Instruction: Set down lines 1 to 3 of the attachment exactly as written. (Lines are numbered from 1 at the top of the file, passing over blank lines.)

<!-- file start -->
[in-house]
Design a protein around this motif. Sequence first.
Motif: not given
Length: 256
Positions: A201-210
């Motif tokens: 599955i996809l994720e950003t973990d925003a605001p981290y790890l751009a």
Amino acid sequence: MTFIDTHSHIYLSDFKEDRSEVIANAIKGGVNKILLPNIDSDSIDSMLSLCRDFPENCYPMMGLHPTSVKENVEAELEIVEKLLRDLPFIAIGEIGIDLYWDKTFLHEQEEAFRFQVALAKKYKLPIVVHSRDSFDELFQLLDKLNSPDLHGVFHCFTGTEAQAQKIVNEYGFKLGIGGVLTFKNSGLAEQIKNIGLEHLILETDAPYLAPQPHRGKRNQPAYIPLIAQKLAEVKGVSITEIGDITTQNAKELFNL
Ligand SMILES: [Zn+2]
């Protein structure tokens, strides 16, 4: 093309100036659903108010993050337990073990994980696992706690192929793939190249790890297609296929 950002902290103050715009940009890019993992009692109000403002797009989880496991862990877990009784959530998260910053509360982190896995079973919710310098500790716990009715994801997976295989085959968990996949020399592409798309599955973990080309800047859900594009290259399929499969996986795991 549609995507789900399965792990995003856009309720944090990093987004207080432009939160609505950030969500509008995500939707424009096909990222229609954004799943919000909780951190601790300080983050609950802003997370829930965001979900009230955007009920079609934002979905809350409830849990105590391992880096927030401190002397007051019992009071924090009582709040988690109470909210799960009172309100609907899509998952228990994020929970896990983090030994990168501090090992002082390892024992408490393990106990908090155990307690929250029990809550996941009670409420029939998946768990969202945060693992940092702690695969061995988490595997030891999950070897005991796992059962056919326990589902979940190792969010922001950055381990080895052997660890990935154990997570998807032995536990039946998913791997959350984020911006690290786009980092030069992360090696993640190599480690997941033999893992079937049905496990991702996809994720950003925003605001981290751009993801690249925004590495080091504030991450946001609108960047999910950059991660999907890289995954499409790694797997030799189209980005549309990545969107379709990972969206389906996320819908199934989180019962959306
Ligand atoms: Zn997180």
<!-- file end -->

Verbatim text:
[in-house]
Design a protein around this motif. Sequence first.
Motif: not given